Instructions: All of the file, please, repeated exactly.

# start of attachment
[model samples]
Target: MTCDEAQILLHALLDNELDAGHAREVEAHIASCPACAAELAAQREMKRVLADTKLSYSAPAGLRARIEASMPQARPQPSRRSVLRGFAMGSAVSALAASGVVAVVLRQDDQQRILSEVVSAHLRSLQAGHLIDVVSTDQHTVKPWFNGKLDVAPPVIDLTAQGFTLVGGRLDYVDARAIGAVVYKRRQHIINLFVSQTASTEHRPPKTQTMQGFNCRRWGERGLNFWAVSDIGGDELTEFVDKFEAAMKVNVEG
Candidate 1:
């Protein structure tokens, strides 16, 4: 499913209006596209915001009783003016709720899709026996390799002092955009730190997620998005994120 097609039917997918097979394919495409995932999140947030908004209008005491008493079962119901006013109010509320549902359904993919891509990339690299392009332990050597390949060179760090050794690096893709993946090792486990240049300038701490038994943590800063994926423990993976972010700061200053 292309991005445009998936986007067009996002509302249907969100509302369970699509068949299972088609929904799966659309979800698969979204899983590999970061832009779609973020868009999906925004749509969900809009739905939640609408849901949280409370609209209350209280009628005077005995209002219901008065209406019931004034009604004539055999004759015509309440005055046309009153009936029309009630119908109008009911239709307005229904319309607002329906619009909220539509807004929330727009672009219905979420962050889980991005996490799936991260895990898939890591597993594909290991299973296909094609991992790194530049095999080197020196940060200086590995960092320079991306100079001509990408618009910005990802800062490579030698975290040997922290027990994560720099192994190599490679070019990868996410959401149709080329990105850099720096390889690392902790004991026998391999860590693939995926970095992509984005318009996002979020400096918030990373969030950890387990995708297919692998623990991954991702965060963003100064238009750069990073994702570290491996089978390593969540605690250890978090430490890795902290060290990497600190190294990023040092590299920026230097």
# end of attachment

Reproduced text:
[model samples]
Target: MTCDEAQILLHALLDNELDAGHAREVEAHIASCPACAAELAAQREMKRVLADTKLSYSAPAGLRARIEASMPQARPQPSRRSVLRGFAMGSAVSALAASGVVAVVLRQDDQQRILSEVVSAHLRSLQAGHLIDVVSTDQHTVKPWFNGKLDVAPPVIDLTAQGFTLVGGRLDYVDARAIGAVVYKRRQHIINLFVSQTASTEHRPPKTQTMQGFNCRRWGERGLNFWAVSDIGGDELTEFVDKFEAAMKVNVEG
Candidate 1:
């Protein structure tokens, strides 16, 4: 499913209006596209915001009783003016709720899709026996390799002092955009730190997620998005994120 097609039917997918097979394919495409995932999140947030908004209008005491008493079962119901006013109010509320549902359904993919891509990339690299392009332990050597390949060179760090050794690096893709993946090792486990240049300038701490038994943590800063994926423990993976972010700061200053 292309991005445009998936986007067009996002509302249907969100509302369970699509068949299972088609929904799966659309979800698969979204899983590999970061832009779609973020868009999906925004749509969900809009739905939640609408849901949280409370609209209350209280009628005077005995209002219901008065209406019931004034009604004539055999004759015509309440005055046309009153009936029309009630119908109008009911239709307005229904319309607002329906619009909220539509807004929330727009672009219905979420962050889980991005996490799936991260895990898939890591597993594909290991299973296909094609991992790194530049095999080197020196940060200086590995960092320079991306100079001509990408618009910005990802800062490579030698975290040997922290027990994560720099192994190599490679070019990868996410959401149709080329990105850099720096390889690392902790004991026998391999860590693939995926970095992509984005318009996002979020400096918030990373969030950890387990995708297919692998623990991954991702965060963003100064238009750069990073994702570290491996089978390593969540605690250890978090430490890795902290060290990497600190190294990023040092590299920026230097």